The situation presented especially difficult obstacles for opponents because Eldorado was a crown (publicly owned) corporation. One obstacle was secrecy. Since 1942, the operations of Eldorado have been state secrets, and much remains locked up in archives that are yet to be opened to historians.
The other problem was in the fact that the government had no interest in investigating its own corporation, and because Eldorado was a federal crown corporation, the province of Ontario had no authority to investigate it for environmental crimes. Thus complaints from citizens ran into this dead end.
Similar situations in the United States, such as at the Rocky Flats plutonium pit factory, involved the Department of Energy hiring large defense contractors like Rockwell to manage the plant. This meant there was a possibility the Environmental Protection Agency and the Federal Bureau of Investigations could act if enough public pressure were applied and evidence of crimes became apparent. As much as the American nuclear weapons complex was a monstrous crime against nature, there is at least something redeeming in the fact that the American system of government consisted of various institutions that could sometimes keep the others in check. In the dying days of operations at Rocky Flats in 1989, the EPA and the FBI raided the facility which was then operated by Rockwell under contract for the Department of Energy. The US government essentially raided and prosecuted itself. Unfortunately, no such checks and balances existed in Canada’s nuclear industry. The federal government and its crown corporation had a monolithic grip on the historical records and on decisions about environmental safety and health related to radiation. There was no outside force that had legal authority to prosecute them and force them to divulge information.
There are some further details in Blind Faith that stand out in my memory. They are unique to the Port Hope story, but also typical of stories of other irradiated and poisoned communities.
At one point, a doctor in a nearby town grew alarmed at the number cancer cases that appeared in his patients from Port Hope. He tried to bring the issue to the attention of health authorities, but was slandered and opposed by city officials to a degree that he found alarming. He had foolishly thought that his efforts to speak up for public health would be appreciated. Instead, city officials made a pathetic attempt to sue him for defaming Port Hope, and when that immediately failed, they complained to the provincial medical association. They had thought that this would succeed in getting him stripped of his license to practice, but they were quickly rebuffed by the medical association that found no fault in a doctor expressing his opinion about a serious public health concern. Such was the sophistication of the strategies of the town fathers as they floundered for ways to preserve the tax base.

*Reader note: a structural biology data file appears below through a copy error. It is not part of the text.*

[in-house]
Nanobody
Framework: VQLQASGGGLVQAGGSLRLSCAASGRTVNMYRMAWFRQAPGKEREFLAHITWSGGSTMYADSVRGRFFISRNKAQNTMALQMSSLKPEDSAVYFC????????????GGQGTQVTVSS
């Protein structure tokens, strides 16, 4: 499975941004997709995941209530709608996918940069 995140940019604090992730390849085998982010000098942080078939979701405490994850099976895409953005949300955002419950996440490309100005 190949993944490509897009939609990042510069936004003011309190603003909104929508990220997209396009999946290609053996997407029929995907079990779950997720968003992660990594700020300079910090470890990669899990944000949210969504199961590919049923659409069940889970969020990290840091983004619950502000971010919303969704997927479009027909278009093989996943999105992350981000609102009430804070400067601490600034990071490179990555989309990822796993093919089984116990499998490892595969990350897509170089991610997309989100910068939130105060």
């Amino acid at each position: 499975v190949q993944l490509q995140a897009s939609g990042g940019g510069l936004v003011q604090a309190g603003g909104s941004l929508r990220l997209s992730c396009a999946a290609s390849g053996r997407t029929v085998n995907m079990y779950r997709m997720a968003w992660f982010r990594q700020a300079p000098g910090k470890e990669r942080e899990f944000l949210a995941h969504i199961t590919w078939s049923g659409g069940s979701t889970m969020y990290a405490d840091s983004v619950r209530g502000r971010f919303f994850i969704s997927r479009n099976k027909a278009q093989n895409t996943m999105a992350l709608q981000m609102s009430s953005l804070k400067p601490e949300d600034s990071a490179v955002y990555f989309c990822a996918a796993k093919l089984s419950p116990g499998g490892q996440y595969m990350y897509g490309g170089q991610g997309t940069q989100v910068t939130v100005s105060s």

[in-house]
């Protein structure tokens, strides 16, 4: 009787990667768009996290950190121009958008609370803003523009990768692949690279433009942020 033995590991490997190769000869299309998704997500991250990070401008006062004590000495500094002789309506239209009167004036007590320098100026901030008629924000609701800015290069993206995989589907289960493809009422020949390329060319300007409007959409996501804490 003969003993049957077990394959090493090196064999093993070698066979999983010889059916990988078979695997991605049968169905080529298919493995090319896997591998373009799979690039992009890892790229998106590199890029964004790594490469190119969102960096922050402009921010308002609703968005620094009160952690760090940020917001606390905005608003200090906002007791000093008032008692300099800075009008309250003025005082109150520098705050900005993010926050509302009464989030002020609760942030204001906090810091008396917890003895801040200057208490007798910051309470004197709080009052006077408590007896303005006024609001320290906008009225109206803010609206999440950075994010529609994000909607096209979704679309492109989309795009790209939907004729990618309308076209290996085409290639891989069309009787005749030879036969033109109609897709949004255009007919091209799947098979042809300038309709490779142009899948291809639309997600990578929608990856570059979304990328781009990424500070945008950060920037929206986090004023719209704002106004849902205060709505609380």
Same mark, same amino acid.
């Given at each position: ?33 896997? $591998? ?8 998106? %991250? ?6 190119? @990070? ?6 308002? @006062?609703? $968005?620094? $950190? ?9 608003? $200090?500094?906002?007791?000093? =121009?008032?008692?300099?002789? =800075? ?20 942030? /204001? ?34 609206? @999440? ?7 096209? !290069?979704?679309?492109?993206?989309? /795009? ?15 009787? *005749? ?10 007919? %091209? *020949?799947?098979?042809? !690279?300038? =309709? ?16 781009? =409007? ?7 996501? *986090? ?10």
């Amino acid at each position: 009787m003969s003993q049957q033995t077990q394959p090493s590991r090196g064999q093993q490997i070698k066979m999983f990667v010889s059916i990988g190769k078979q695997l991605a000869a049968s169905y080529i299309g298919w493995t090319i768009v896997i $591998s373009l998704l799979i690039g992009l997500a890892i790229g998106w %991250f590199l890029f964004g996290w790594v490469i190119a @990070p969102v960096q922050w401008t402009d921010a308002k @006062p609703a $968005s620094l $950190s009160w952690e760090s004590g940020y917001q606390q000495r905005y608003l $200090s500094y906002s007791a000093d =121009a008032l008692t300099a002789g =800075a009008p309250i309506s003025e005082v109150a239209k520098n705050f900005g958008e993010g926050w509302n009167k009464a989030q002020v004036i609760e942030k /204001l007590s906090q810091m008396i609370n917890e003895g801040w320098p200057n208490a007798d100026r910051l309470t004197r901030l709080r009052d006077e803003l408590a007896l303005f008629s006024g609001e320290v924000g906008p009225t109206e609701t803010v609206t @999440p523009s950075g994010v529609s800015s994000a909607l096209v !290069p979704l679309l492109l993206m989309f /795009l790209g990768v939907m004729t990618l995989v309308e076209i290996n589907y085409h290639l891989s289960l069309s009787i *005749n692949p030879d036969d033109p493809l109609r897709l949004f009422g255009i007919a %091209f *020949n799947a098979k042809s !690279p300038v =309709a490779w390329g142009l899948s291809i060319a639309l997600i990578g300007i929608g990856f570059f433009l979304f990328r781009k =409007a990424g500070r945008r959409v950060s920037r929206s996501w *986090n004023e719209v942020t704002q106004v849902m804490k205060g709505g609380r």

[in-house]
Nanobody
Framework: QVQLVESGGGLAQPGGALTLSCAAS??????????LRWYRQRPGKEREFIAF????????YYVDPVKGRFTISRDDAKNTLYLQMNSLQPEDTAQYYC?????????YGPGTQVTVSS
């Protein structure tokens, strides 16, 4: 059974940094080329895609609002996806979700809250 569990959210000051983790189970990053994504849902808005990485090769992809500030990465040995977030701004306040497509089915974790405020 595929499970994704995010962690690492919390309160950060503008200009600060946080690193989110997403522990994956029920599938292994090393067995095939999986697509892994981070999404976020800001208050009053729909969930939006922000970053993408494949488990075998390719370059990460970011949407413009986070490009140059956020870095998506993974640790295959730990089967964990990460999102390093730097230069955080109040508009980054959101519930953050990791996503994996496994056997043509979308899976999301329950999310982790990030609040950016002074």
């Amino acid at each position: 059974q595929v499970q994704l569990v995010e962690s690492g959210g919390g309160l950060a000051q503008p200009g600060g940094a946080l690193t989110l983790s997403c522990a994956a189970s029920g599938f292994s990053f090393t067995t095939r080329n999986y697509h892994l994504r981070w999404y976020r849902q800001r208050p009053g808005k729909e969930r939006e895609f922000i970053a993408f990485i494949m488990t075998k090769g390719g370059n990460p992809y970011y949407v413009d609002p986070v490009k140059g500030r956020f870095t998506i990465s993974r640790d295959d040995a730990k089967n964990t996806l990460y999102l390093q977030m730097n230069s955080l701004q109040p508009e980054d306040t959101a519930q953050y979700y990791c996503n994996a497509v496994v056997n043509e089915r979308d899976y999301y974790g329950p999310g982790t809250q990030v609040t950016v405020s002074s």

Eldorado and the federal government, and even the Workmen’s Compensation Board were equally combative in the lawsuits that former workers eventually managed to bring to court. Lung cancer was the only health issue that was admitted for consideration in the lawsuits, and once it became a legal battle, all ethical considerations went by the wayside. It became a matter of winning at all costs, of admitting to absolutely no wrongdoing no matter how absurd the defendants had to appear. The government lawyers played hardball, abandoning any thought that the government corporation owed anything to the citizens who had lost their health working on a project so essential for national security. The government side was not too ashamed to engage in extreme forms of legalistic hair-splitting. For example, the victims were forced to prove their exposure, but everyone involved knew that the only party that had the information were the defendants, and Eldorado did its best to conceal it. One victim was denied compensation because the records showed his cumulative exposure was 10.8 working level months. Expert witnesses were brought in to say that the threshold of danger to health was 12 working level months.
Another segment of the book that stands out is that in which Penny Sanger was able to discover that at one time, before the contamination was known by townspeople, the Canadian military had used Port Hope as a training ground for operating in the aftermath of nuclear warfare. The military knew what the citizens of the town didn’t know at the time: there were sizzling hot spots of various sizes all over town, so it made for an ideal training ground for soldiers who would have to map radiation levels and move through contaminated terrain after a nuclear attack. After the training exercise, they might have bothered to tell the locals about what they were living with, but the contamination remained a secret until residents started to figure it out for themselves.